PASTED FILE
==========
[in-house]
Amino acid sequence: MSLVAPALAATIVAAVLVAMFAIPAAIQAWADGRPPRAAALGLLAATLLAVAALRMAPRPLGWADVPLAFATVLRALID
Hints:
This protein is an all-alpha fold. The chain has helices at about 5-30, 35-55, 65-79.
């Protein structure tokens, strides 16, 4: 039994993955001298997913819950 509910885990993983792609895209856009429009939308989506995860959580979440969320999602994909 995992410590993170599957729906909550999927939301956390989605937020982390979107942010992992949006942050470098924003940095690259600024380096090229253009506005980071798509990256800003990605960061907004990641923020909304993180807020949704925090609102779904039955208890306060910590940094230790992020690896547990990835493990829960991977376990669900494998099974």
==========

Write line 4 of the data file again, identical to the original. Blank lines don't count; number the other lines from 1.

This protein is an all-alpha fold. The chain has helices at about 5-30, 35-55, 65-79.